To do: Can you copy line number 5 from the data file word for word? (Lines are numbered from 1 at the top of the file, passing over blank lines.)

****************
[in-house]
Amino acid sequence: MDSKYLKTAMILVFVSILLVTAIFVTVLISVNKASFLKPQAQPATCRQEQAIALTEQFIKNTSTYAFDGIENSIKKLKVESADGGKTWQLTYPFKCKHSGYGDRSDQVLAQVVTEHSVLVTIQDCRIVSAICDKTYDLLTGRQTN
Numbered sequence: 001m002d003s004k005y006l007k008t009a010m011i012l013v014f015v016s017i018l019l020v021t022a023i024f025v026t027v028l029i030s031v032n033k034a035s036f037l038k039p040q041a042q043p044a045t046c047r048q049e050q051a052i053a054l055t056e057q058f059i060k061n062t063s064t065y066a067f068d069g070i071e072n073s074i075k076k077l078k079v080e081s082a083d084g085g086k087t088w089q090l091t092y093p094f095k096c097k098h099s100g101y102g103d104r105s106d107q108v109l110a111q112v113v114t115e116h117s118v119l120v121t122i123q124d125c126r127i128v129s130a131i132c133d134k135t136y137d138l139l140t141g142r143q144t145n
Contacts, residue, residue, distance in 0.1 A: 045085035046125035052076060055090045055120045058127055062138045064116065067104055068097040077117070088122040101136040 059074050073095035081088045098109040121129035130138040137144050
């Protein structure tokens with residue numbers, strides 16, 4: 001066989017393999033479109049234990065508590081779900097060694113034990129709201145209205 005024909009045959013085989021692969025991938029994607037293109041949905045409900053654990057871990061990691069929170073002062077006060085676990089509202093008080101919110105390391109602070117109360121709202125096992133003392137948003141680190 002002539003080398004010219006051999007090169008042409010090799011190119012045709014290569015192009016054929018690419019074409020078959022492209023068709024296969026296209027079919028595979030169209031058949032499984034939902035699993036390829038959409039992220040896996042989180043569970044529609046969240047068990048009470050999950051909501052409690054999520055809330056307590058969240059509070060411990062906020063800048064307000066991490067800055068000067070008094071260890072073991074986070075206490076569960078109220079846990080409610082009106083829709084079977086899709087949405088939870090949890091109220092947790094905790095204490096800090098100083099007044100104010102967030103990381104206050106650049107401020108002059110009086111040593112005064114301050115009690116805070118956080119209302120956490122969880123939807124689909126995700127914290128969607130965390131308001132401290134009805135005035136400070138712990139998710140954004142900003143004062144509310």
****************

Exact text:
């Protein structure tokens with residue numbers, strides 16, 4: 001066989017393999033479109049234990065508590081779900097060694113034990129709201145209205 005024909009045959013085989021692969025991938029994607037293109041949905045409900053654990057871990061990691069929170073002062077006060085676990089509202093008080101919110105390391109602070117109360121709202125096992133003392137948003141680190 002002539003080398004010219006051999007090169008042409010090799011190119012045709014290569015192009016054929018690419019074409020078959022492209023068709024296969026296209027079919028595979030169209031058949032499984034939902035699993036390829038959409039992220040896996042989180043569970044529609046969240047068990048009470050999950051909501052409690054999520055809330056307590058969240059509070060411990062906020063800048064307000066991490067800055068000067070008094071260890072073991074986070075206490076569960078109220079846990080409610082009106083829709084079977086899709087949405088939870090949890091109220092947790094905790095204490096800090098100083099007044100104010102967030103990381104206050106650049107401020108002059110009086111040593112005064114301050115009690116805070118956080119209302120956490122969880123939807124689909126995700127914290128969607130965390131308001132401290134009805135005035136400070138712990139998710140954004142900003143004062144509310």